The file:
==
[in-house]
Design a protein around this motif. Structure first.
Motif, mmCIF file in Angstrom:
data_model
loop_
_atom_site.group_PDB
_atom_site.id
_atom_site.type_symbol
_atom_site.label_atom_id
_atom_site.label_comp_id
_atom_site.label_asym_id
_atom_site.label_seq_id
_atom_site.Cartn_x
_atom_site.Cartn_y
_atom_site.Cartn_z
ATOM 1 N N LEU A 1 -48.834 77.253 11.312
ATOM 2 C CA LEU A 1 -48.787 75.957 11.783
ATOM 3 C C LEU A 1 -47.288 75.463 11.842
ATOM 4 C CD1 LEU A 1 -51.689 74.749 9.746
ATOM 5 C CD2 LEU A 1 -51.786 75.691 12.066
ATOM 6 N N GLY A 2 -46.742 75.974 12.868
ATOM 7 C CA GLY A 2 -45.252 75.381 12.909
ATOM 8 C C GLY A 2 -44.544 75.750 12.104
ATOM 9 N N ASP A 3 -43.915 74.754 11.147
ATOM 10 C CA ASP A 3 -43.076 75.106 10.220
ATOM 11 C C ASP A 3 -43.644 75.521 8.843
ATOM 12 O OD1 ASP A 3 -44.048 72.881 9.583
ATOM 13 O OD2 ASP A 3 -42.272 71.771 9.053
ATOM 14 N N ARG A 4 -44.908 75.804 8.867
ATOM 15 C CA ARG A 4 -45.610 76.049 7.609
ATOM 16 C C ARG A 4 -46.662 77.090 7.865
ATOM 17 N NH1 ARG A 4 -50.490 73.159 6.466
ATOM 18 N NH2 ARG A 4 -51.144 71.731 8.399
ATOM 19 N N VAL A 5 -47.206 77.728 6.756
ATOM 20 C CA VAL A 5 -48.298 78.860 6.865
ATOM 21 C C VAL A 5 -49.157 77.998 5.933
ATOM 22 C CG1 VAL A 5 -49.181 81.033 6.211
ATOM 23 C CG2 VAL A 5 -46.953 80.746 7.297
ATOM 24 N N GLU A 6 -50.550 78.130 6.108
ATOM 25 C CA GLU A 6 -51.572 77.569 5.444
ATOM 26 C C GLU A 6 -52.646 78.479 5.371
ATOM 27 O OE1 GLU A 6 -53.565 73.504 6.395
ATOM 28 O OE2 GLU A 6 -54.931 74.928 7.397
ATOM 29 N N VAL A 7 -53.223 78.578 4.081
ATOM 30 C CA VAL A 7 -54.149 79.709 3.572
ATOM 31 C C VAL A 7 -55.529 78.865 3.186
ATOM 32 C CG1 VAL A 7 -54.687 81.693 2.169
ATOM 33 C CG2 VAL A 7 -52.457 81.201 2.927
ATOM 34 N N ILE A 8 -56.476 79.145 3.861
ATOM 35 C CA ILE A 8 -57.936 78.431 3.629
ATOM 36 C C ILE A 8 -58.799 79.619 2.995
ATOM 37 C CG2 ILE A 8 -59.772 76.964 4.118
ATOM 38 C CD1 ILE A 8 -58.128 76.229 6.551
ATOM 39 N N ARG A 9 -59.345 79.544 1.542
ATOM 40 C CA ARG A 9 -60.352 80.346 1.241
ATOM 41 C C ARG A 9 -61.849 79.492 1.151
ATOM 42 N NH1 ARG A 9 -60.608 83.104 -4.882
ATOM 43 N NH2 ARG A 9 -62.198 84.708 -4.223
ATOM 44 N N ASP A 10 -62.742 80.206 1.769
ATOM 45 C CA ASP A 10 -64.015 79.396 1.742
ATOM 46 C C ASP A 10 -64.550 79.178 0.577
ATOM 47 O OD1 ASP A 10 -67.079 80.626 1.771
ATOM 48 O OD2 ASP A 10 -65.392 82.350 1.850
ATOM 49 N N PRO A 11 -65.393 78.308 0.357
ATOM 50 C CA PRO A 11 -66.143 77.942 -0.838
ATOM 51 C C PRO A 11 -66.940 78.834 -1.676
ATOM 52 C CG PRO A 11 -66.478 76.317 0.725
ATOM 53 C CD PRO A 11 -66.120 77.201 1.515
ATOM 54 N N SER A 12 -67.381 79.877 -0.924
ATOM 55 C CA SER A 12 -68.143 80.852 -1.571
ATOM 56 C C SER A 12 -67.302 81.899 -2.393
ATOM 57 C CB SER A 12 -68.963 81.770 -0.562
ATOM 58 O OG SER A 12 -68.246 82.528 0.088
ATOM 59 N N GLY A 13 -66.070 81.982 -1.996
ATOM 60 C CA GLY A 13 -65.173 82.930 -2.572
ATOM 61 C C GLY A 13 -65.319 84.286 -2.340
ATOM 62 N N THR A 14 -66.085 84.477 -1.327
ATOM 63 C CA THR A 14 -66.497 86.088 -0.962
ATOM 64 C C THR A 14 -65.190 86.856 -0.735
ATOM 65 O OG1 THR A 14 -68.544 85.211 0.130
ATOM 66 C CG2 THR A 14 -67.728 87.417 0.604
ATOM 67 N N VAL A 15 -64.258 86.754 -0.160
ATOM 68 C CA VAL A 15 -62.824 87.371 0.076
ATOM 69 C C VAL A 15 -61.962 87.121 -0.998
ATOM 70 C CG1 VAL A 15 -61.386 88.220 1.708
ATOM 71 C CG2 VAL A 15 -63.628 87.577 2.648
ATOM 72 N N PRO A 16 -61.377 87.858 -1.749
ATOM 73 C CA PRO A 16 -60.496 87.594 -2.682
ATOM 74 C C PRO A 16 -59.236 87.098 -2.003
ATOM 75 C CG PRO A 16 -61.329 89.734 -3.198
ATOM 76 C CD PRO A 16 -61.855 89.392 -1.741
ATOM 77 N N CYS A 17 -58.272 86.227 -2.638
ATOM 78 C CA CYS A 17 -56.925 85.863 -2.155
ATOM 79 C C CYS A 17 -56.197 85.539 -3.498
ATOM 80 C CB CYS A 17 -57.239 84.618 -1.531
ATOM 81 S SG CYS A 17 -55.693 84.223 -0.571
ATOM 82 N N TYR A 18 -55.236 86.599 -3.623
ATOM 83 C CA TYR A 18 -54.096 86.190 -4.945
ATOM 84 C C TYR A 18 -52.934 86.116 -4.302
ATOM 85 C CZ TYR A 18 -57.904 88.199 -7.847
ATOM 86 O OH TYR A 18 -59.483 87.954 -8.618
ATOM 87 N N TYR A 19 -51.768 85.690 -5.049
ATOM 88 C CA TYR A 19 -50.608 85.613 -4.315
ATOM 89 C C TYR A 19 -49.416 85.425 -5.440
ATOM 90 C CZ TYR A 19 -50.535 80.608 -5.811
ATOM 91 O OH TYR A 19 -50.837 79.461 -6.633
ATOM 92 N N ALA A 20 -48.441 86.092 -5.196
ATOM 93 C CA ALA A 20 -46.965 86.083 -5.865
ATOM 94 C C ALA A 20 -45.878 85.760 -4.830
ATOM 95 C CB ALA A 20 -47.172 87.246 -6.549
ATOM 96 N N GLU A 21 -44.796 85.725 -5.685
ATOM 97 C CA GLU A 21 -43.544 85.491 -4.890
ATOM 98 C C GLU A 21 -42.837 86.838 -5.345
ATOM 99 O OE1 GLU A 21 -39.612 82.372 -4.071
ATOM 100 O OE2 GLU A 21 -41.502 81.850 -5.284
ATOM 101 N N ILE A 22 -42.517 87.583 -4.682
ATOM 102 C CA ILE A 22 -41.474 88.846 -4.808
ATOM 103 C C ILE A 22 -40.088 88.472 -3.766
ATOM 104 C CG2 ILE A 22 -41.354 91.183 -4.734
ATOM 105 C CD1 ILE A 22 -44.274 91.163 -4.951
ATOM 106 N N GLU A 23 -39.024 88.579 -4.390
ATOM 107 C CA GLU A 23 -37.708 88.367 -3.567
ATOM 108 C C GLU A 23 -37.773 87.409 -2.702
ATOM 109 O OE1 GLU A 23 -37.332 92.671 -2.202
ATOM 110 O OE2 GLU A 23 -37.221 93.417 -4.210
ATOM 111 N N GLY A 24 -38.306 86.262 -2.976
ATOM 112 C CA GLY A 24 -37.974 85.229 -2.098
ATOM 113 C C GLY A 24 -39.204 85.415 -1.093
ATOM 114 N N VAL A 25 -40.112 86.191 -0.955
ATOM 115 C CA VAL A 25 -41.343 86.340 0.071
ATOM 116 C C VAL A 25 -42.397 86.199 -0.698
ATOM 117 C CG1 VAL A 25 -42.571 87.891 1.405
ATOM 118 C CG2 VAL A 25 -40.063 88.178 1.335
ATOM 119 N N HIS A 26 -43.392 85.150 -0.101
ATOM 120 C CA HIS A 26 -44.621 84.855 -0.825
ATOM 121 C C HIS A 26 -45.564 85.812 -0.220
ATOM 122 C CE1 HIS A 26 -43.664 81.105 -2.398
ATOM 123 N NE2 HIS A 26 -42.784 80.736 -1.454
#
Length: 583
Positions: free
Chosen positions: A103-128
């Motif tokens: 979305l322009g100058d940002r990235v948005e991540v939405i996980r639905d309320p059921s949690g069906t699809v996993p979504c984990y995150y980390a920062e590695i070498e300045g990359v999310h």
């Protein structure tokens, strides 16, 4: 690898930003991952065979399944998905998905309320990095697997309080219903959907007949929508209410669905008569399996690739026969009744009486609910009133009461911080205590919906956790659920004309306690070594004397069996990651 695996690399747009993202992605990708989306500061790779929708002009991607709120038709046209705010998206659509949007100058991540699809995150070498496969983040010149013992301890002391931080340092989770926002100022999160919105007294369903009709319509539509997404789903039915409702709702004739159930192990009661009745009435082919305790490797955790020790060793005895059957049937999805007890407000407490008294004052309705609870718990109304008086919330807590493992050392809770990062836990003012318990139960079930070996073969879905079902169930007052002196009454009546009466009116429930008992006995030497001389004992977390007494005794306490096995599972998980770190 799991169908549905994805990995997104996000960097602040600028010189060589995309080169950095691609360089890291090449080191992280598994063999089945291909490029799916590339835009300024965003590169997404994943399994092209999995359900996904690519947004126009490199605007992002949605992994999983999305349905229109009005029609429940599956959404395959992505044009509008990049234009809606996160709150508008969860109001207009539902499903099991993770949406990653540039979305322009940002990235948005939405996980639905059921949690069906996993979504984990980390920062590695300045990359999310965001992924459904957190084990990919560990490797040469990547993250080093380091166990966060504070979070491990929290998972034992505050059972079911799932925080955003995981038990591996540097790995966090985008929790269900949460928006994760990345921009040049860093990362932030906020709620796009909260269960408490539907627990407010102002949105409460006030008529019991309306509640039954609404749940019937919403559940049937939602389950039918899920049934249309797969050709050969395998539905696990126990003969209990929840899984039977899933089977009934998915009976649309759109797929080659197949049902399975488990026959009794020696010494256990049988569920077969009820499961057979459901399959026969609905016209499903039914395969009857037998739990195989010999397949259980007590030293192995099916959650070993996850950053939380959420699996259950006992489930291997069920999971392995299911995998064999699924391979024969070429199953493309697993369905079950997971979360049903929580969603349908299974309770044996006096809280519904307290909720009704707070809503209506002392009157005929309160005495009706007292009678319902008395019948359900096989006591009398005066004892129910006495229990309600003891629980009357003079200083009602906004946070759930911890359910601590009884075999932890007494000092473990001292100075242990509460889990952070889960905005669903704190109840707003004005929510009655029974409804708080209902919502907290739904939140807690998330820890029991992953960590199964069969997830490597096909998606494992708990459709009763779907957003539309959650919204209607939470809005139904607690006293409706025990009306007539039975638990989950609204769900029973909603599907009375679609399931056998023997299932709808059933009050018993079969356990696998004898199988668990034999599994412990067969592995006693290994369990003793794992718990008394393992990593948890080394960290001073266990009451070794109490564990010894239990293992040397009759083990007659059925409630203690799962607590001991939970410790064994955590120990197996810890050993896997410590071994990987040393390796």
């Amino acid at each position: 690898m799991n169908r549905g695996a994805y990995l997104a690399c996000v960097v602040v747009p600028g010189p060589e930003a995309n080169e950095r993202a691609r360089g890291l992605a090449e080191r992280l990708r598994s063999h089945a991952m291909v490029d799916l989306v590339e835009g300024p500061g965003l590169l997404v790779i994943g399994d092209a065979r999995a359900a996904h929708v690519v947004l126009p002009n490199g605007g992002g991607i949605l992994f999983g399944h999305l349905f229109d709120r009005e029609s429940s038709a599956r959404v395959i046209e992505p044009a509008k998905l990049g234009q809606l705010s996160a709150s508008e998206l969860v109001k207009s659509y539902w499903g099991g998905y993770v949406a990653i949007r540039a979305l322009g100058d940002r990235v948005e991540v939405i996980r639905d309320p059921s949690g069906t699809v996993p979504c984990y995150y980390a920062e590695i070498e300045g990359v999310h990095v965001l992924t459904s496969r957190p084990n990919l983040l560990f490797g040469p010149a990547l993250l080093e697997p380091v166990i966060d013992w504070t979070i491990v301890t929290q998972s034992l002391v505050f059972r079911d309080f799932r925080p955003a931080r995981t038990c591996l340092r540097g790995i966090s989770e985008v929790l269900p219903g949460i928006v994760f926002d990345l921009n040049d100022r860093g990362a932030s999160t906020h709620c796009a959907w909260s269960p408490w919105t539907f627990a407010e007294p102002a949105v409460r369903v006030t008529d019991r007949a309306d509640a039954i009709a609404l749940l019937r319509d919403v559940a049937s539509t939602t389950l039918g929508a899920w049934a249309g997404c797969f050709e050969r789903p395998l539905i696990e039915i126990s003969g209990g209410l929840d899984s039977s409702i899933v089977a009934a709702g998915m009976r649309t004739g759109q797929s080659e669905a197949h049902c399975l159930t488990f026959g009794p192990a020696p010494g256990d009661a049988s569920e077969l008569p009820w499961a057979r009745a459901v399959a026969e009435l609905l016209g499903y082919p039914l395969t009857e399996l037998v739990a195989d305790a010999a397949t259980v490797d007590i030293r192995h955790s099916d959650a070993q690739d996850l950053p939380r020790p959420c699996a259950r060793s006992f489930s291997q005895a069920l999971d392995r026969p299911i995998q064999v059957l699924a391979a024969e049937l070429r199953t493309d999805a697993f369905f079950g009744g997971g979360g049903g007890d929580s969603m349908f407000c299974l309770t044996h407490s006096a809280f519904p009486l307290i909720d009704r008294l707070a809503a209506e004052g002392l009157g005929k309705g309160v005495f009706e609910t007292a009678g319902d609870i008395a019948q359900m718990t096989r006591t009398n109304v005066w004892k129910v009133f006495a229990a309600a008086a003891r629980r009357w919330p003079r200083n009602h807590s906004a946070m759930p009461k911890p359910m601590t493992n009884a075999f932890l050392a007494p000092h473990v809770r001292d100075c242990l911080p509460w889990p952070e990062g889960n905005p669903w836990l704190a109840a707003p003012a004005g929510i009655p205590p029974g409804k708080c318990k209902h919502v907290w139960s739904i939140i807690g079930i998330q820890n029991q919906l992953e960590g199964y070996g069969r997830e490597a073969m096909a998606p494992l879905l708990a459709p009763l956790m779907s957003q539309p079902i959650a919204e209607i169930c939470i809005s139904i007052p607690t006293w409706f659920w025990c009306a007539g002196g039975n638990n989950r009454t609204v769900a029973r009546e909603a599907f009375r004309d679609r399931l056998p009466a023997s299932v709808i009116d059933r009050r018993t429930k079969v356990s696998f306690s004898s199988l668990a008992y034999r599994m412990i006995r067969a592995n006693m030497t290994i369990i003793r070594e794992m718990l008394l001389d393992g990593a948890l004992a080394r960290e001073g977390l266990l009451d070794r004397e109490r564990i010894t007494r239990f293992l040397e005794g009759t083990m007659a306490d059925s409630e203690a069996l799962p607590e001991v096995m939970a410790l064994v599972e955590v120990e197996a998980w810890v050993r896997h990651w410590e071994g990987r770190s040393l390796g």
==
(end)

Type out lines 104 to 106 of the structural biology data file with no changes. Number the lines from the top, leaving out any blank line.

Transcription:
ATOM 89 C C TYR A 19 -49.416 85.425 -5.440
ATOM 90 C CZ TYR A 19 -50.535 80.608 -5.811
ATOM 91 O OH TYR A 19 -50.837 79.461 -6.633